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Millets are highly nutritious, but vastly ignored as a main source of food, primarily due to lack of awareness. You’ve heard of “ancient grains”? Millets ain’t messin’ around, arguably the ﬁrst grains cultivated by humankind––not just dating back 5,000 years, but maybe 10,000 years.
Why the plural, millets? Talk about lack of awareness! I had no idea that millet wasn’t the name of a specific grain. Millet is just a generic term that doesn’t just apply to a bunch of different species, but to a bunch of totally different plants. There are so-called major and minor millets. There’s pearl millet, which is what I think most people think of as millet, but then there are proso, foxtail, and finger millets, which are all completely different grains. They look similar, but they’re not the same.
Fiber is one of the main things we’re looking for in a whole grain, and kodo millet is like off the charts. But compared to other grains, finger and foxtail millet also beat out the bunch, though note that what most people think of as millet is really on the low side. But looking at the polyphenol content, even plain millet beats out the other grains, including sorghum, which I previously hyped for its polyphenol content. But again, kodo millet seems to win the day. Total antioxidant-wise, though, kodo and finger millet are comparably high.
Nutrition-wise, finger millet is said to have eight times more calcium than other grains, but it looks to me more like ten times more, just off the charts, and three times as much calcium as milk. Some of the millets are exceptionally high in iron as well. Regular millet is high, but barnyard millet has like five times more iron than steak.
Okay, so it’s nutritious, but what about specific potential health beneﬁts? In the medical literature, you’ll read things like this: Millets may prevent cardiovascular disease by reducing triglycerides in hyperlipidemic rats. Who cares (other than perhaps pet owners) whether a food reduces cardiovascular disease in rodents?
There was that epidemiological study in China that found lower esophageal cancer mortality rates in areas that ate more millet and sorghum, compared to corn and wheat––but that may have been more due to avoiding a contaminating carcinogenic fungus than from benefit in the millet itself. Studies show millets may be effective against cancer cell proliferation, in a petri dish, with kodo and proso millet rapidly inhibiting cancer cell growth compared to pearl or foxtail millet, knocking down the growth of cancer cells, but leaving normal cells alone. And also, millets reducing the growth of colon cancer cells as well as human breast cancer and human liver cancer cells, potentially also helping to prevent metastases by inhibiting cancer cell migration. My patients are neither pets nor petri dishes, though, and to date, there have been no clinical cancer trials with millet.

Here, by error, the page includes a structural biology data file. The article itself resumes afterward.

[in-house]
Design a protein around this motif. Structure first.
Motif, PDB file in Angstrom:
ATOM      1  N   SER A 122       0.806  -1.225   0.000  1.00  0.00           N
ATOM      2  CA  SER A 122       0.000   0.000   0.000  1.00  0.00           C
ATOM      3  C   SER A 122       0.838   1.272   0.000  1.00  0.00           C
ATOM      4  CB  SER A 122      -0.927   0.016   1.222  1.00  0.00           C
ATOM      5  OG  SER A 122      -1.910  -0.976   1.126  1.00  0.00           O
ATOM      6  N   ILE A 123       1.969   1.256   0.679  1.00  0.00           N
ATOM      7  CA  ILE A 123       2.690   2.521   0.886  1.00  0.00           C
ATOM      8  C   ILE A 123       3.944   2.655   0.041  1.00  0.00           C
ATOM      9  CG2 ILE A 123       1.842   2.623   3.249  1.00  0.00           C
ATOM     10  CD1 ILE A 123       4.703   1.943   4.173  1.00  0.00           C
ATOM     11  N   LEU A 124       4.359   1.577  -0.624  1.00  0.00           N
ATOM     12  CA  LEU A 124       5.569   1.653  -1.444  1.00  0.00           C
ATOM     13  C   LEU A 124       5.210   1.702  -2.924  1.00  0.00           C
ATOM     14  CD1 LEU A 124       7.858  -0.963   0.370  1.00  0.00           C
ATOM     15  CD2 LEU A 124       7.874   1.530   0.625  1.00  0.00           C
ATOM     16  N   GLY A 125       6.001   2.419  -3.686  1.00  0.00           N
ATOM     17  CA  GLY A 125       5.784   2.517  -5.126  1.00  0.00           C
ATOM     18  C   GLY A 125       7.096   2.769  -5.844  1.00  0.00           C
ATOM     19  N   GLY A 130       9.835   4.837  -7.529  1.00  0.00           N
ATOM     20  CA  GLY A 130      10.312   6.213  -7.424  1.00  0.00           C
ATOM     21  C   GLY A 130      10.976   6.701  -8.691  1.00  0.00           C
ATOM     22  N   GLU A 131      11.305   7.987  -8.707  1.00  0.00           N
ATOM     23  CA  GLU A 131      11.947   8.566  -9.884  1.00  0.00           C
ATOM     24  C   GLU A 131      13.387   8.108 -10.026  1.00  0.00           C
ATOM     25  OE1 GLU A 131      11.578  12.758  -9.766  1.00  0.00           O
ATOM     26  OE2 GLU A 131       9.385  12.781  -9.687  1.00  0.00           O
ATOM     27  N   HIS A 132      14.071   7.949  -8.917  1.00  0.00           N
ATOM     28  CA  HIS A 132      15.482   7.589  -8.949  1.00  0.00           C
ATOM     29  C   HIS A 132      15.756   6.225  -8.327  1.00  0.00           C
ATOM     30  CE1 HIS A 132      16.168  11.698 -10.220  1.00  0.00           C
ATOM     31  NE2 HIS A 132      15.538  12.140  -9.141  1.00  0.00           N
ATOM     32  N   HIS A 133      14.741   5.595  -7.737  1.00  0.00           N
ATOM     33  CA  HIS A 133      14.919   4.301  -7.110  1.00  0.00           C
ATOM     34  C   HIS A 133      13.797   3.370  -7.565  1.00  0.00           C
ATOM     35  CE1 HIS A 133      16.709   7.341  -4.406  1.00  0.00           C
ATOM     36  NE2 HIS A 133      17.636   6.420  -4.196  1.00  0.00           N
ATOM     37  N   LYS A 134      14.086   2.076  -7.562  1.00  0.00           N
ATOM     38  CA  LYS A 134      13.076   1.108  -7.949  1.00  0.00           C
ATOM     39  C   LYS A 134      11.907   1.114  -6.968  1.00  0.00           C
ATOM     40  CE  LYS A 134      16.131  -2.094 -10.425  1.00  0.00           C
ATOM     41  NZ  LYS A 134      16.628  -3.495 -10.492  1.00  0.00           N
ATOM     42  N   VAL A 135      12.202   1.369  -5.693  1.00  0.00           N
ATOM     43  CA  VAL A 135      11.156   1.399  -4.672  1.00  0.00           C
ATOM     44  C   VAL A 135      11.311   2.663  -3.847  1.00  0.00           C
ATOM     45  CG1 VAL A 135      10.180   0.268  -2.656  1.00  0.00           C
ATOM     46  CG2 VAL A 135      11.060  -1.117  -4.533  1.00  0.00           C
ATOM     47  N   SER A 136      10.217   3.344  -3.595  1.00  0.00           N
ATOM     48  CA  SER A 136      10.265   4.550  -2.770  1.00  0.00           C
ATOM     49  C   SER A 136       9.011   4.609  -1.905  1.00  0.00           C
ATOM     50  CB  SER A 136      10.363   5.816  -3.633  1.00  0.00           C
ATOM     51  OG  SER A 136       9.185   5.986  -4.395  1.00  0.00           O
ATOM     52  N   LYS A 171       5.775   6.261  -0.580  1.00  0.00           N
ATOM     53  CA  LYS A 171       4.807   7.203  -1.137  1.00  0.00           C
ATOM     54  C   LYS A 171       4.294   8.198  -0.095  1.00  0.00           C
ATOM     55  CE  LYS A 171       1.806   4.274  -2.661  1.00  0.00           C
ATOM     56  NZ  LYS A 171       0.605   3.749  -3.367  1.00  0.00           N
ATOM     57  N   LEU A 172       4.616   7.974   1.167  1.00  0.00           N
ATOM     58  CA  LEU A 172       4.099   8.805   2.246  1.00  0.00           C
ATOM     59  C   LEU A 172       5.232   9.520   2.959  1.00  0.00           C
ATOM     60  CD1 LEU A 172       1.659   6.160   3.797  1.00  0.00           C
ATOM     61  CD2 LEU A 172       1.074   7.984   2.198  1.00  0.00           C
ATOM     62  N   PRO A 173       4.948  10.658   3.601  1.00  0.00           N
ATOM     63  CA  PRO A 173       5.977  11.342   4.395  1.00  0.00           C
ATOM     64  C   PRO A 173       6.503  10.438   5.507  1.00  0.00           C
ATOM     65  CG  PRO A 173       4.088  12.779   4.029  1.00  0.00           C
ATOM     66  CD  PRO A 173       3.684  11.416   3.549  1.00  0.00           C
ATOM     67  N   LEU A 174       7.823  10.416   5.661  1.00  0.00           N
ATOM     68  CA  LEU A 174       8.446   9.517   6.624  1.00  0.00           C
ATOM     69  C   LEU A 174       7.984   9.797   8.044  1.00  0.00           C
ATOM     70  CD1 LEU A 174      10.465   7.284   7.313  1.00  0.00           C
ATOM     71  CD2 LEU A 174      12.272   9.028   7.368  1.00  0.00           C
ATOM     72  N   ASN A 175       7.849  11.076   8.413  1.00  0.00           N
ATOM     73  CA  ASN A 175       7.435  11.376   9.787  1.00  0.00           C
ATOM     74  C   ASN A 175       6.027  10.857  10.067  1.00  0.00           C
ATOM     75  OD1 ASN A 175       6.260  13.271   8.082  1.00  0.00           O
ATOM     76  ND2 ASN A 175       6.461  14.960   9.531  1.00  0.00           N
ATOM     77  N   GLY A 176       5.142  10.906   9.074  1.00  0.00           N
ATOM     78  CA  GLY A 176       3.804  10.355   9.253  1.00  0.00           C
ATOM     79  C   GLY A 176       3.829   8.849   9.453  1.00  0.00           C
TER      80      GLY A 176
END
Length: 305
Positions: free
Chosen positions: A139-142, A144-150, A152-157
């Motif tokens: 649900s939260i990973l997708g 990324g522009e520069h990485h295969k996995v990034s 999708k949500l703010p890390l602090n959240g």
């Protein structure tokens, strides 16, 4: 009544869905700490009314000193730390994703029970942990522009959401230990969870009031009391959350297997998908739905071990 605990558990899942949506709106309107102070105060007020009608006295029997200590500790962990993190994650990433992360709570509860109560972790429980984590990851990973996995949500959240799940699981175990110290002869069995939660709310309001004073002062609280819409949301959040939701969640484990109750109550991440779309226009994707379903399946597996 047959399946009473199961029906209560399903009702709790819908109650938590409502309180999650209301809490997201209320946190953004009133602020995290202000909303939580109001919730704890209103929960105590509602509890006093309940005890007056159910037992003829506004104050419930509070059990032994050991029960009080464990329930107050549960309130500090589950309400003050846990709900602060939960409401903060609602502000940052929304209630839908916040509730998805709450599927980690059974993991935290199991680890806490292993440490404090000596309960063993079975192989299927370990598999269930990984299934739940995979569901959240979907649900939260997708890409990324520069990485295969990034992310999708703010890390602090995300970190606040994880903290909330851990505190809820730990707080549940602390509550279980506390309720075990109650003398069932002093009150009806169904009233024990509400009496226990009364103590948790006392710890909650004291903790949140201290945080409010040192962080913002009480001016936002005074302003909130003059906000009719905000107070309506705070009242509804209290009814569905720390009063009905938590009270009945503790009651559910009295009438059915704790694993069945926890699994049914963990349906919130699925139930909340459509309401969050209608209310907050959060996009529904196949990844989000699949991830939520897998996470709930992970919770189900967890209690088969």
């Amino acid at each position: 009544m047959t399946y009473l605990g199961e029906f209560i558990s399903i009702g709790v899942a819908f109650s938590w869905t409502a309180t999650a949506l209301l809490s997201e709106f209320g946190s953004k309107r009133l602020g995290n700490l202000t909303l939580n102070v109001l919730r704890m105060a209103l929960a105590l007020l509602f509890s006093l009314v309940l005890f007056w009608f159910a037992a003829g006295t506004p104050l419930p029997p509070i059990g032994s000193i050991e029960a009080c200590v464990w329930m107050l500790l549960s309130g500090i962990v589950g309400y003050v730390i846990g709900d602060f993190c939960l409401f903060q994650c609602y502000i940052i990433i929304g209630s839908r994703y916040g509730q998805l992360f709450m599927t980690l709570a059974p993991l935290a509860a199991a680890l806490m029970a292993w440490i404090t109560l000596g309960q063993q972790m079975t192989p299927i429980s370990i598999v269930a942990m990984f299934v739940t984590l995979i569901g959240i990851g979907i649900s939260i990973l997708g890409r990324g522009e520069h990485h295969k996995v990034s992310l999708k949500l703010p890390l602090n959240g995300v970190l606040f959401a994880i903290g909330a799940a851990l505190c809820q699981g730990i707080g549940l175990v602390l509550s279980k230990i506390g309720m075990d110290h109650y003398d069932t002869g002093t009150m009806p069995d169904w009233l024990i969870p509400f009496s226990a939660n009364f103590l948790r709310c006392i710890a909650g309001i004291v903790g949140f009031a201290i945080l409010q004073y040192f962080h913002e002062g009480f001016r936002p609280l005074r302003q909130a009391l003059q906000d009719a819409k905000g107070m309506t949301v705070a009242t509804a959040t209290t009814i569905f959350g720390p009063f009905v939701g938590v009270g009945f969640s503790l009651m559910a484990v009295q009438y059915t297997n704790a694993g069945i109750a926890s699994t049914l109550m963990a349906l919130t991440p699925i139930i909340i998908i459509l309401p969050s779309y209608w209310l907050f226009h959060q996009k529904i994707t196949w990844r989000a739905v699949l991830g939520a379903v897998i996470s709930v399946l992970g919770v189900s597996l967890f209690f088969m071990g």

Are there any unique health-promoting attributes? Finger millet is supposedly known for its health benefits, such as blood sugar-lowering, cholesterol-lowering, and anti-ulcer characteristics. But the anti-ulcer study they cite just noted that some of the areas with a low incidence of ulcers also happened to be eating millet. But that’s far from establishing cause-and-effect. And the cholesterol-lowering study they cite? It explored what happens when you take tail tendons from rats and soak them in sugar and millet. What?! But the blood-sugar lowering benefits are legit. Apart from the fact that millets don’t contain gluten, which is good for the 1 or 2 percent of people with celiac disease or non-celiac gluten sensitivity, millets can also be exploited in the management of type 2 diabetes due to their blood sugar lowering properties, as reported by several studies on millets and millet-based foods in actual people, which we’ll cover next.
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